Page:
First Place: Bike Tires Direct. Started in Lou Doctor’s garage in Portland, Ore., Bike Tires Direct is now a large, online cycling retailer with revenue exceeding $1 million. “The business, like so many great companies, started in my garage and is rooted in my passion for cycling,” said Lou Doctor, founder. “My sons started selling my extra cycling gear on eBay, and then, with the help of Dotster, we started a website that has driven business growth over the past seven years.”

Second Place: The Ad Diner. Founded based on the need for small business to have access to affordable, high-quality advertising, The Ad Diner enables businesses to buy pre-existing advertising that is customized for use in their local market. Meanwhile, advertising agencies and freelancers can earn royalty payments when they resell their work on The Ad Diner website.

Third Place: Like The Dew. Started as a passion project, LikeTheDew.com fills a coverage gap with a refreshing take on political news and Southern culture while helping to promote the work of displaced traditional print journalists and freelancers. It’s an all-volunteer journal that will be exploring non-traditional revenue sources to share with its regular authors.

To view all the finalist video submissions, please visit: http://www.dotster.com/nextbigsmb/.

About Dotster, Inc.
Dotster is a leading full-service provider of essential resources for businesses to get online and grow online. It has helped more than one million businesses and individuals establish their web presence, build their websites, and drive revenue. Dotster offers its customers a complete set of services including the ability to get online with a domain name and email address; build a major web presence with web hosting and custom website design; generate traffic with Search Engine Optimization (SEO), website promotion and social media platforms; and reduce IT costs with VPS hosting.

For more information, please visit www.dotster.com or call (360) 449-5900.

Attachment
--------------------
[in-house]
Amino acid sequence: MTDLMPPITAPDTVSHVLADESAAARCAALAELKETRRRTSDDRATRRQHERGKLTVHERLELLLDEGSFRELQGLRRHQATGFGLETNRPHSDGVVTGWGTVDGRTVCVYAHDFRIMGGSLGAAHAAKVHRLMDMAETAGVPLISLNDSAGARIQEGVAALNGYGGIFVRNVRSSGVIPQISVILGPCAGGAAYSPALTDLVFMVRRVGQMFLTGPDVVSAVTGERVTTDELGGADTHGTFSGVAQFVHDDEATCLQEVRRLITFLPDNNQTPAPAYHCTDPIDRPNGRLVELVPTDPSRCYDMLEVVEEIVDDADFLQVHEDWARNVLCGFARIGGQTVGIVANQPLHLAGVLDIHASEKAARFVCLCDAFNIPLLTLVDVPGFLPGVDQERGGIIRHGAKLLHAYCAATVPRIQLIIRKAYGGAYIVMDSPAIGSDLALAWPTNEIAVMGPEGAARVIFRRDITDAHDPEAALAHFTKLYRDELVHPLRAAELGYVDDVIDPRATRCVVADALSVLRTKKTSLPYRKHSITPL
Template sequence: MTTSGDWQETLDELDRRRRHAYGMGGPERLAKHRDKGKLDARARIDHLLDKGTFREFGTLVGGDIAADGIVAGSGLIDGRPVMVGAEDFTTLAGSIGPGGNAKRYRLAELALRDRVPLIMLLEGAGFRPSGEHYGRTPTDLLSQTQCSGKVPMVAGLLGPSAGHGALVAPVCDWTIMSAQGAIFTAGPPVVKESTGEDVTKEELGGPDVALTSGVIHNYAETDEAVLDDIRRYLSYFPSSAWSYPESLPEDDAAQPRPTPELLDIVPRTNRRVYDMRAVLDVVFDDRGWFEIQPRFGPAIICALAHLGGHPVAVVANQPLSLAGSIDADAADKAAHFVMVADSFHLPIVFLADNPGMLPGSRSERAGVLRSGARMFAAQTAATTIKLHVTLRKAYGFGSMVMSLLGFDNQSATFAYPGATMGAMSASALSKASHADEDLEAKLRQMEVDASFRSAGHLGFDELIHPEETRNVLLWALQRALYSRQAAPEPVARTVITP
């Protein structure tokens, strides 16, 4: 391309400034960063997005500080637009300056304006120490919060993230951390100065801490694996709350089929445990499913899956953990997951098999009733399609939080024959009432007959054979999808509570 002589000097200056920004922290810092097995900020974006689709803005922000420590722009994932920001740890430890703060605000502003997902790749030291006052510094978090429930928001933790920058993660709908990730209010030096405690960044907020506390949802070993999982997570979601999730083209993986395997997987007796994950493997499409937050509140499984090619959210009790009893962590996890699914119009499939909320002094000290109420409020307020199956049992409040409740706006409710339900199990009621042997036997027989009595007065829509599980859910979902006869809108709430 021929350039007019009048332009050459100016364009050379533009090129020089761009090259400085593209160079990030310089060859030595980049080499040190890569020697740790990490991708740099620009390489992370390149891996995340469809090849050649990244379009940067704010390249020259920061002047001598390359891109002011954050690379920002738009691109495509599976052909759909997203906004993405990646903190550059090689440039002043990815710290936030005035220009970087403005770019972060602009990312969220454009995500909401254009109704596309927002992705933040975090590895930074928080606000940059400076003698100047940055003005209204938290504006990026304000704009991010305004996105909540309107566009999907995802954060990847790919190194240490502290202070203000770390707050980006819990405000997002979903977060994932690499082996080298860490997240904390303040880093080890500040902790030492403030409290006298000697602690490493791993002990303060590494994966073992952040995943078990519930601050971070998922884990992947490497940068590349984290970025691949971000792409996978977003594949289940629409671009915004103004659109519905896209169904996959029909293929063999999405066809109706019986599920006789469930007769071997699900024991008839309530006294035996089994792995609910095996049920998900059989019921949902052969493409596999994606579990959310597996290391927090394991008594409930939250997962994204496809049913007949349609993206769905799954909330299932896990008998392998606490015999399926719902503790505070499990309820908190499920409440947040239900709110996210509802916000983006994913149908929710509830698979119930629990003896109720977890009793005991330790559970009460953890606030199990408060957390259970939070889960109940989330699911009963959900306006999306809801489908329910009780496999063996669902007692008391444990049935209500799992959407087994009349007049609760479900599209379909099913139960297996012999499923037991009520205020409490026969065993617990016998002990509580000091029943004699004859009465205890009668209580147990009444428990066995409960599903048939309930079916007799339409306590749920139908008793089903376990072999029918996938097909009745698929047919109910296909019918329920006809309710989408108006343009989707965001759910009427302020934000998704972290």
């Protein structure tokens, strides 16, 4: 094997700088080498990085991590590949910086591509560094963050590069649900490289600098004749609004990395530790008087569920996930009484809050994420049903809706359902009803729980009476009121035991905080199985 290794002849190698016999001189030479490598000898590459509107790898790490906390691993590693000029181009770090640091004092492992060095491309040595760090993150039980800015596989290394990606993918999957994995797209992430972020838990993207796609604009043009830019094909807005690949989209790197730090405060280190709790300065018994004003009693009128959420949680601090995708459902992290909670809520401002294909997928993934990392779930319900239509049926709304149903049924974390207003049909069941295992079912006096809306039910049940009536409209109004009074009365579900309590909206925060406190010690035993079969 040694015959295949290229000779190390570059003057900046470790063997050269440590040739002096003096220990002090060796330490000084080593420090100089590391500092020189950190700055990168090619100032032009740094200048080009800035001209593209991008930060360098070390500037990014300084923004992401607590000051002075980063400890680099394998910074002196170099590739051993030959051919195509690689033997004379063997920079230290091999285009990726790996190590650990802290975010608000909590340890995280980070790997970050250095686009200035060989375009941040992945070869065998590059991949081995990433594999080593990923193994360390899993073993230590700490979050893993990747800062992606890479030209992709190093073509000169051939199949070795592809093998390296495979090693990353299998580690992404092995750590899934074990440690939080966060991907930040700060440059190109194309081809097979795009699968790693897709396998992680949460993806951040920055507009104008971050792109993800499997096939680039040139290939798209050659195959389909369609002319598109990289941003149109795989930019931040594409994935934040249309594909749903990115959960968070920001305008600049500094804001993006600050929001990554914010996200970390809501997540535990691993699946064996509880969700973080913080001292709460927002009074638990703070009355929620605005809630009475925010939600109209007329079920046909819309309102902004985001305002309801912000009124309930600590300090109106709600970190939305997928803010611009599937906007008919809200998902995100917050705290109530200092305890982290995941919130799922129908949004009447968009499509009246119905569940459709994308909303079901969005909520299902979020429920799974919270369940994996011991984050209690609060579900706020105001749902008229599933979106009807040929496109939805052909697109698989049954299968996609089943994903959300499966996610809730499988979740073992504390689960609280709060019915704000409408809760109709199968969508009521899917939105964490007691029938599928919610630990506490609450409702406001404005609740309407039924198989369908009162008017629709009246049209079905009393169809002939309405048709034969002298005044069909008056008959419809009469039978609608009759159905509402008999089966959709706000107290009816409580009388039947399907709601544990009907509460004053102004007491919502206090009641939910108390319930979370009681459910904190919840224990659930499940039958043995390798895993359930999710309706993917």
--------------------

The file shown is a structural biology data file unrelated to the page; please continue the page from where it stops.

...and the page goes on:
Embedded Video Available: http://www2.marketwire.com/mw/release_html_b1?release_id=529692

Media contact:
Alyson Angelo
Edelman
(503) 471-6859

Copyright 2009, Market Wire, All rights reserved.


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Terri Evans

Terri Evans

Terri Evans is 25+year marketing communications professional, a partner at LeslieEvansCreative and Bcauz marketing (cause-related). She has been a food columnist for Atlanta Intown and Atlanta Buckhead newspapers, and a contributing writer for Georgia Magazine, the Atlanta Business Chronicle and other publications. Evans was also a finalist in a Southern Living cooking competition. She is (and has long been) at work on a novel set in the South (of Georgia) and the South (of France). She's always cookin' up somethin'.

18 Comments
  1. Wow — Congratulations! I’ve enjoyed reading your site, and wish you luck with future advertising success. The media industry is changing so dramatically, it’s great that the goal of this project is to promote displaced journalists.

  2. I feel like the little girl in the Shake ‘n Bake commercial, “And I helped!”

  3. Melinda Ennis

    Lee, Keith and Teri deserve major kudos for this!!! Let’s all give them a rousing hand.
    Here are some ways dewsters can help today:
    -Send a link to the Dew with your endorsement to everyone in your address book. That’s called “viral marketing” (or a pyramid scheme, just kidding). Because, if you send to twenty, and each of those twenty sends to twenty more, etc.—you get the drift.